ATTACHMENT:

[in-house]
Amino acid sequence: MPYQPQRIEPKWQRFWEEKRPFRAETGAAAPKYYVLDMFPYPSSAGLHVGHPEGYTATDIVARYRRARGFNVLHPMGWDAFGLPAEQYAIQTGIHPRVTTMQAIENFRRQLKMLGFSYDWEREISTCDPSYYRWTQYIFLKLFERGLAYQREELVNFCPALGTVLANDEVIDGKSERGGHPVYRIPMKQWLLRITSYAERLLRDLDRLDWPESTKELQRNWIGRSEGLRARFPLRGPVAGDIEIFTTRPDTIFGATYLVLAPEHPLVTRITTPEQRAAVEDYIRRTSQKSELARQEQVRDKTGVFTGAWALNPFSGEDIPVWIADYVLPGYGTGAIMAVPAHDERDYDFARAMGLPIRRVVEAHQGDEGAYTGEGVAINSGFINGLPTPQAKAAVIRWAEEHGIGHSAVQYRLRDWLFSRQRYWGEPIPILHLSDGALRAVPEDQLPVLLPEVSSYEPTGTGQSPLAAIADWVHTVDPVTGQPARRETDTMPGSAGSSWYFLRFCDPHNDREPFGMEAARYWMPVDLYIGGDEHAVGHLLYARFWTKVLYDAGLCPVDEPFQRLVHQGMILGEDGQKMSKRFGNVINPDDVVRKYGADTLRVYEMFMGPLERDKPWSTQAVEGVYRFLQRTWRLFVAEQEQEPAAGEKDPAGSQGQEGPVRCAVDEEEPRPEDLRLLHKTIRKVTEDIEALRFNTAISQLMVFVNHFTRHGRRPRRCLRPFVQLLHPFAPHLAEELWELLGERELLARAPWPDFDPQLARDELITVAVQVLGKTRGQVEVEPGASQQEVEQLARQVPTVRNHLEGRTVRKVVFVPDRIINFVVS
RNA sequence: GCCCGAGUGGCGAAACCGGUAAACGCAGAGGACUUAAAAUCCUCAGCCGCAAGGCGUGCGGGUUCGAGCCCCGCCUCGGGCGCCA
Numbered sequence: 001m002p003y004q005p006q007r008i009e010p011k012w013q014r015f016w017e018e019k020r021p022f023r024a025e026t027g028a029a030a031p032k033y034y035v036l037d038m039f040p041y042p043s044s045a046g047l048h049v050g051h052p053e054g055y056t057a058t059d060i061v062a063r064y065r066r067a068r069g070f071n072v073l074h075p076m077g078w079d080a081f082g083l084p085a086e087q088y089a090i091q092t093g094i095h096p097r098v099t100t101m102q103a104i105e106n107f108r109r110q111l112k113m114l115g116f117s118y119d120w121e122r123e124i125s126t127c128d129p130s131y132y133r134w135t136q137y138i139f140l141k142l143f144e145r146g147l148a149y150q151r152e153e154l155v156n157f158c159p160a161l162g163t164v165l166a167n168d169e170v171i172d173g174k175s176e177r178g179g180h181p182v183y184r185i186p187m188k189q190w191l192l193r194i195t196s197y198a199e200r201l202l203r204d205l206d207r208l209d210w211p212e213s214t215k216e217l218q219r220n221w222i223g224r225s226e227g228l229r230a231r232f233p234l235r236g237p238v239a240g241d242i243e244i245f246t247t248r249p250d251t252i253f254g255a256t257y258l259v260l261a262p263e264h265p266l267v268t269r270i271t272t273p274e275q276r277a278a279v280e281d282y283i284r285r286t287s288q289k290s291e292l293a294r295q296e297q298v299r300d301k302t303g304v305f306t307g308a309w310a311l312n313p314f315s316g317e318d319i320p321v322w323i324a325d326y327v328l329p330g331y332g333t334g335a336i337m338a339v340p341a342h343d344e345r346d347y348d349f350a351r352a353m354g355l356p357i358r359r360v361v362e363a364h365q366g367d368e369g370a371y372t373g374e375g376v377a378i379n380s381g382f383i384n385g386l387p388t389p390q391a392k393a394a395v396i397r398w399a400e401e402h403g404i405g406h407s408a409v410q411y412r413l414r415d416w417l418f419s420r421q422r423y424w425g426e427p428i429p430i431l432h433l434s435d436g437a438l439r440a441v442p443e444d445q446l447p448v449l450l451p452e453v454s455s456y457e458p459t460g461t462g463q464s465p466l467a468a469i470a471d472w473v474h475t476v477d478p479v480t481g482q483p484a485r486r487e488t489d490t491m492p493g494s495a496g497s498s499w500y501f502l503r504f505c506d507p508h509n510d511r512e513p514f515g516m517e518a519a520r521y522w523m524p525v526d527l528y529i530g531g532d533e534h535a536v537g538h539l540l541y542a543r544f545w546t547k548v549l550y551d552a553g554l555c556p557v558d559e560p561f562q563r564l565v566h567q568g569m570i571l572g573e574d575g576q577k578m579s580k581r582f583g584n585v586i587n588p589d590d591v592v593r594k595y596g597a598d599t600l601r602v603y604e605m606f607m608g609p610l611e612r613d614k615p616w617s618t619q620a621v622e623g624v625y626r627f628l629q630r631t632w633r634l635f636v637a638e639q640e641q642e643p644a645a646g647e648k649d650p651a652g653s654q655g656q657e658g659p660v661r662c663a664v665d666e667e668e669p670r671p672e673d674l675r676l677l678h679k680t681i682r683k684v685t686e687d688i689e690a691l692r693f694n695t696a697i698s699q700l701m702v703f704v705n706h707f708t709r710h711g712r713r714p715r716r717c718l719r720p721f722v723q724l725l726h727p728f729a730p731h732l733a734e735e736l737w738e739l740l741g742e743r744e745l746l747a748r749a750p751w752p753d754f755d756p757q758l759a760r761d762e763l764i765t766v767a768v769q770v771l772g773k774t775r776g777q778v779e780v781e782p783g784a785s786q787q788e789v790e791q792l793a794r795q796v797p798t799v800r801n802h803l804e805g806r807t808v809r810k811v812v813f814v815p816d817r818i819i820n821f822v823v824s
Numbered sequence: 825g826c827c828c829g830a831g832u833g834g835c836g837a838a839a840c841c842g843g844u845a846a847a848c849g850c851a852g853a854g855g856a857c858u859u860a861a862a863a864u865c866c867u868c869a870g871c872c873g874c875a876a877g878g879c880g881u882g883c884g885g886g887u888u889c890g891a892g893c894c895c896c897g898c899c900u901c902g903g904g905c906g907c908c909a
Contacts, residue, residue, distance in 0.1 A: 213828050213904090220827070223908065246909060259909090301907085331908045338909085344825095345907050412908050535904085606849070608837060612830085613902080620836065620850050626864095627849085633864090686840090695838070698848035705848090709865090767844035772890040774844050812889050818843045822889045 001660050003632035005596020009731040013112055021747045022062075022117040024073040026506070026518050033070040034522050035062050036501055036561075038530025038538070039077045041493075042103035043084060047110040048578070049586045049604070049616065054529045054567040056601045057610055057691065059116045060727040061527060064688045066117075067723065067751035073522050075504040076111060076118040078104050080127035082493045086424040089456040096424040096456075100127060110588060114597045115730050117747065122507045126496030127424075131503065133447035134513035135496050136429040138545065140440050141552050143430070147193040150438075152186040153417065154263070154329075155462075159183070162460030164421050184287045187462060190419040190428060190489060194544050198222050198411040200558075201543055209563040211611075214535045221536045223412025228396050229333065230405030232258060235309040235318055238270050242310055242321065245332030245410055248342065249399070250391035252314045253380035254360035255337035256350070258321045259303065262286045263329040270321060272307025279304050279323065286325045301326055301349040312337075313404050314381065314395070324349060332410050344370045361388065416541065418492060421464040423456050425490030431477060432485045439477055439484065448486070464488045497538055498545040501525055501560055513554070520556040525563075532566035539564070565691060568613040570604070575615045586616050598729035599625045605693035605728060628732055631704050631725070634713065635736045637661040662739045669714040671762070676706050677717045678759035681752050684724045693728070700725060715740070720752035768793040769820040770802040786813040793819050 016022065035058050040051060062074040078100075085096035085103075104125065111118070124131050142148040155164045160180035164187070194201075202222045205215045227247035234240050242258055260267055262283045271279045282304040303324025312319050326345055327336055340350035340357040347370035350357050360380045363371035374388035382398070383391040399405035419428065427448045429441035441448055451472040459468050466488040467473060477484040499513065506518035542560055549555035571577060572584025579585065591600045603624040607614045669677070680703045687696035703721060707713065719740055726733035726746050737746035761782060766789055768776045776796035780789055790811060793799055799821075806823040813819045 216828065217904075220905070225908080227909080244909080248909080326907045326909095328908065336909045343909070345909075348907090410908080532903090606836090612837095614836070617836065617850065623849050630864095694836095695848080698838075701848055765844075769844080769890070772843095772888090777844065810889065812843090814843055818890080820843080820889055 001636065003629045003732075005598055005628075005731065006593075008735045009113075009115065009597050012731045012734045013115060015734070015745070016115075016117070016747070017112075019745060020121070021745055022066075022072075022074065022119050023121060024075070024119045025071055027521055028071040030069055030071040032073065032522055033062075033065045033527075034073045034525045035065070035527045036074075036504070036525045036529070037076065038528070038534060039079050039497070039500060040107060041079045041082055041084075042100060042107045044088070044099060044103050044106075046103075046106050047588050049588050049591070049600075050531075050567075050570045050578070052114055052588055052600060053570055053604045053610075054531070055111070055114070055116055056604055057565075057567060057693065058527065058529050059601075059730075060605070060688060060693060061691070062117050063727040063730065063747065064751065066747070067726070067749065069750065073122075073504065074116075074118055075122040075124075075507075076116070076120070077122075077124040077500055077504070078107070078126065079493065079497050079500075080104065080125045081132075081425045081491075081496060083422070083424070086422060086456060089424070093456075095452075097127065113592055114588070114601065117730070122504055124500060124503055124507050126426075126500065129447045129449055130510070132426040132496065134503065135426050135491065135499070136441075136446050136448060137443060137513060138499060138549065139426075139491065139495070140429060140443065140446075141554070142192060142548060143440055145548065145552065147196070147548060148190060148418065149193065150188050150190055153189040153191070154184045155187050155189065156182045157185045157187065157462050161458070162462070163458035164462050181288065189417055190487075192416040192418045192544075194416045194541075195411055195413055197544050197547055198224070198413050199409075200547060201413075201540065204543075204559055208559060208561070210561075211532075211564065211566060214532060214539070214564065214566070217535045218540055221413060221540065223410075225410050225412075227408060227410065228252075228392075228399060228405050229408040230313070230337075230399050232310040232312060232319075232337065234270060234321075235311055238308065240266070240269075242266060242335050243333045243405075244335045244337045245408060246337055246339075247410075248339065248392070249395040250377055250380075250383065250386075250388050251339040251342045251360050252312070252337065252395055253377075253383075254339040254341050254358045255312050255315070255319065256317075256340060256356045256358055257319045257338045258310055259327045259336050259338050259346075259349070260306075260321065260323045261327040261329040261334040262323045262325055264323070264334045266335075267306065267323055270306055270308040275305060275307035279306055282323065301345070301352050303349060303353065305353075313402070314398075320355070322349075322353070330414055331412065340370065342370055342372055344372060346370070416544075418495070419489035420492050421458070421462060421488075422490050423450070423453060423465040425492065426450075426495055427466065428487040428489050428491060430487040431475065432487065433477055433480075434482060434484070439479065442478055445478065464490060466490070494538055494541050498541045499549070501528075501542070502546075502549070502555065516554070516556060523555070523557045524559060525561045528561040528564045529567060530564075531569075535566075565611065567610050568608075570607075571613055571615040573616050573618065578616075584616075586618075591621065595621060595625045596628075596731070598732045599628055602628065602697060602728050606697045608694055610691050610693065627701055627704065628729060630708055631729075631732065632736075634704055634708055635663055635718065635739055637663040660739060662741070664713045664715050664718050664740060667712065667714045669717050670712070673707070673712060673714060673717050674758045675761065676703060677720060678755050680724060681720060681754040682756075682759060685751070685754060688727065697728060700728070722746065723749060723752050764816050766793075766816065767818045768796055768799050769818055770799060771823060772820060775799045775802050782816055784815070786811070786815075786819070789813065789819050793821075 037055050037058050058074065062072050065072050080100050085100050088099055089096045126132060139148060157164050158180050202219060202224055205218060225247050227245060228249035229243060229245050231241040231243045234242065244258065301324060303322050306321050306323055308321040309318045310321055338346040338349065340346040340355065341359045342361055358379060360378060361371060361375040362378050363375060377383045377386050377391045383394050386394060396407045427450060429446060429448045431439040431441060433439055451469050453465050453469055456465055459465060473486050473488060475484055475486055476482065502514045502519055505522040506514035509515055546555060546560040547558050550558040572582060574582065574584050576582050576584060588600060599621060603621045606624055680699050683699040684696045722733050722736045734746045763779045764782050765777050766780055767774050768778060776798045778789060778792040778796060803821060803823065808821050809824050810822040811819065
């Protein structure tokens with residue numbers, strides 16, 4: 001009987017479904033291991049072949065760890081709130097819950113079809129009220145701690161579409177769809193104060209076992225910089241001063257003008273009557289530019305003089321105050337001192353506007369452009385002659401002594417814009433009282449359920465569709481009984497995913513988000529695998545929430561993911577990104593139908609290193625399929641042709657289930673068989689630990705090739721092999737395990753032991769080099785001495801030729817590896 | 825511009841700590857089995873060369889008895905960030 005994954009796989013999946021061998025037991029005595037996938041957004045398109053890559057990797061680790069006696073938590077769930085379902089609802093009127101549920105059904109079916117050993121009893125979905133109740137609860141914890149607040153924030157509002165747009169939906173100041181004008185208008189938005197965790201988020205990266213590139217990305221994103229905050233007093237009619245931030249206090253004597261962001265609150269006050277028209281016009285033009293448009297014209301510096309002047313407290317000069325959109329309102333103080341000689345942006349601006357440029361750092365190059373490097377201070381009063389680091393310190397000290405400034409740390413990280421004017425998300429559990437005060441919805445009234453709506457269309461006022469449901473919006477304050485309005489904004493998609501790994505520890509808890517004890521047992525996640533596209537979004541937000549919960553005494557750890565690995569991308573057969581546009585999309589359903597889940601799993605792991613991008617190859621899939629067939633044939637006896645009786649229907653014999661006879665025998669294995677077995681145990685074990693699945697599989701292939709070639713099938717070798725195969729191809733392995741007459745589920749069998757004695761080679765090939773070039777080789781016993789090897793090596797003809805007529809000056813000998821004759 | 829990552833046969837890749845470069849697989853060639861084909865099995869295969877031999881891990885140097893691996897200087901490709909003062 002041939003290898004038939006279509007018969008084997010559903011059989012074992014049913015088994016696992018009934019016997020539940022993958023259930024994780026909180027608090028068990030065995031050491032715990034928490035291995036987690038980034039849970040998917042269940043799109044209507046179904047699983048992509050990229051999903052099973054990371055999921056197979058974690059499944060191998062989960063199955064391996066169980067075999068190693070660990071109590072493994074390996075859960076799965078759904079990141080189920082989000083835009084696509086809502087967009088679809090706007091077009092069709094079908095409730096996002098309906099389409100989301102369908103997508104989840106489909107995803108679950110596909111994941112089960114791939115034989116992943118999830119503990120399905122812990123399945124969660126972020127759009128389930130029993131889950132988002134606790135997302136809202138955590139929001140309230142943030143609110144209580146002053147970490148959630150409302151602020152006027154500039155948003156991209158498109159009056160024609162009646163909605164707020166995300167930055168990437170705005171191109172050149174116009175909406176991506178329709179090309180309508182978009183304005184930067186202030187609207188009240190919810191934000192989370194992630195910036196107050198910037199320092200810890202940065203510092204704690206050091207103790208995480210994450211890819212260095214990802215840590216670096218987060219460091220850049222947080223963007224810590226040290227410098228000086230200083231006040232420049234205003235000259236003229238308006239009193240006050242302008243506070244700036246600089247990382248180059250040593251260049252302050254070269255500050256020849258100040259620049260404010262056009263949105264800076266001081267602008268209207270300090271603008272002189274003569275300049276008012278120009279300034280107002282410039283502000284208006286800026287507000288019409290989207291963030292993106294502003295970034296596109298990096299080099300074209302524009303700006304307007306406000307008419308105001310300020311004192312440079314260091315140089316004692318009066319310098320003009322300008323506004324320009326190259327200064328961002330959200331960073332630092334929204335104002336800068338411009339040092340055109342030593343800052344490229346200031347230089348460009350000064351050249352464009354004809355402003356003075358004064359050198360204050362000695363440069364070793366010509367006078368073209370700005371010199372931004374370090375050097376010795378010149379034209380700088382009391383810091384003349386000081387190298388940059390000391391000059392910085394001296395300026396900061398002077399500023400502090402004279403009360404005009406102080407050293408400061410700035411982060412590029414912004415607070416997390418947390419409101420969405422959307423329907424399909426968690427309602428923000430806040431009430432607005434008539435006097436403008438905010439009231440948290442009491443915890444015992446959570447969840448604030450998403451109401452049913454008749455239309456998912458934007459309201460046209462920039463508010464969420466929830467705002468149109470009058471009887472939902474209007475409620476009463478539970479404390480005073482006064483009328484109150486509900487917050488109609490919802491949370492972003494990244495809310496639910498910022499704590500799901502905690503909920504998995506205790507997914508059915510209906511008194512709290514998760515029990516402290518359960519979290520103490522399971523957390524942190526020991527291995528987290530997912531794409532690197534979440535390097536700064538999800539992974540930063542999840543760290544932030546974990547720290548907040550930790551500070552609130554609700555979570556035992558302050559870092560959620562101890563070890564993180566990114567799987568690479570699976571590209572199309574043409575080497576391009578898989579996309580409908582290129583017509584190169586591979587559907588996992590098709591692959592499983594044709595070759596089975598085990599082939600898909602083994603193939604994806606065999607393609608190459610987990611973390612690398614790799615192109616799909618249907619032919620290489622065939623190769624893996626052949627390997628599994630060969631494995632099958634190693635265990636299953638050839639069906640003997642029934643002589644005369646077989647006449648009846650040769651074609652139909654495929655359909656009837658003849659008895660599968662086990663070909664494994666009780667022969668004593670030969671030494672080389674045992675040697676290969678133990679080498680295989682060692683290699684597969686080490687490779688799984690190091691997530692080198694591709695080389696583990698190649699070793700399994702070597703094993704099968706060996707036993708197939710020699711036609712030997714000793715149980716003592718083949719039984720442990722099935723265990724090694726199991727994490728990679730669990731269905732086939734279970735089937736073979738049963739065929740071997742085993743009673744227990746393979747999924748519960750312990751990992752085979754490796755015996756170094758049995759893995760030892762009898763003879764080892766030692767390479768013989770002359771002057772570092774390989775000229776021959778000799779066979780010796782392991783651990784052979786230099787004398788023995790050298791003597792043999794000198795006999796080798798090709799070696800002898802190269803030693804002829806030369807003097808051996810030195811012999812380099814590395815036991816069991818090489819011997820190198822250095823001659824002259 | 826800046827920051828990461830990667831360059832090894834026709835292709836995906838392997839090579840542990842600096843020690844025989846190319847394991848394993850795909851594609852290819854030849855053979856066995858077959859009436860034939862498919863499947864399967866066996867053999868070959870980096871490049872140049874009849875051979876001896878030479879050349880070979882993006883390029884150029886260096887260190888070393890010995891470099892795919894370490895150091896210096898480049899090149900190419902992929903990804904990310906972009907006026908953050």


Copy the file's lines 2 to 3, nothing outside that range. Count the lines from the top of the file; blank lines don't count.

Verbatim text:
Amino acid sequence: MPYQPQRIEPKWQRFWEEKRPFRAETGAAAPKYYVLDMFPYPSSAGLHVGHPEGYTATDIVARYRRARGFNVLHPMGWDAFGLPAEQYAIQTGIHPRVTTMQAIENFRRQLKMLGFSYDWEREISTCDPSYYRWTQYIFLKLFERGLAYQREELVNFCPALGTVLANDEVIDGKSERGGHPVYRIPMKQWLLRITSYAERLLRDLDRLDWPESTKELQRNWIGRSEGLRARFPLRGPVAGDIEIFTTRPDTIFGATYLVLAPEHPLVTRITTPEQRAAVEDYIRRTSQKSELARQEQVRDKTGVFTGAWALNPFSGEDIPVWIADYVLPGYGTGAIMAVPAHDERDYDFARAMGLPIRRVVEAHQGDEGAYTGEGVAINSGFINGLPTPQAKAAVIRWAEEHGIGHSAVQYRLRDWLFSRQRYWGEPIPILHLSDGALRAVPEDQLPVLLPEVSSYEPTGTGQSPLAAIADWVHTVDPVTGQPARRETDTMPGSAGSSWYFLRFCDPHNDREPFGMEAARYWMPVDLYIGGDEHAVGHLLYARFWTKVLYDAGLCPVDEPFQRLVHQGMILGEDGQKMSKRFGNVINPDDVVRKYGADTLRVYEMFMGPLERDKPWSTQAVEGVYRFLQRTWRLFVAEQEQEPAAGEKDPAGSQGQEGPVRCAVDEEEPRPEDLRLLHKTIRKVTEDIEALRFNTAISQLMVFVNHFTRHGRRPRRCLRPFVQLLHPFAPHLAEELWELLGERELLARAPWPDFDPQLARDELITVAVQVLGKTRGQVEVEPGASQQEVEQLARQVPTVRNHLEGRTVRKVVFVPDRIINFVVS
RNA sequence: GCCCGAGUGGCGAAACCGGUAAACGCAGAGGACUUAAAAUCCUCAGCCGCAAGGCGUGCGGGUUCGAGCCCCGCCUCGGGCGCCA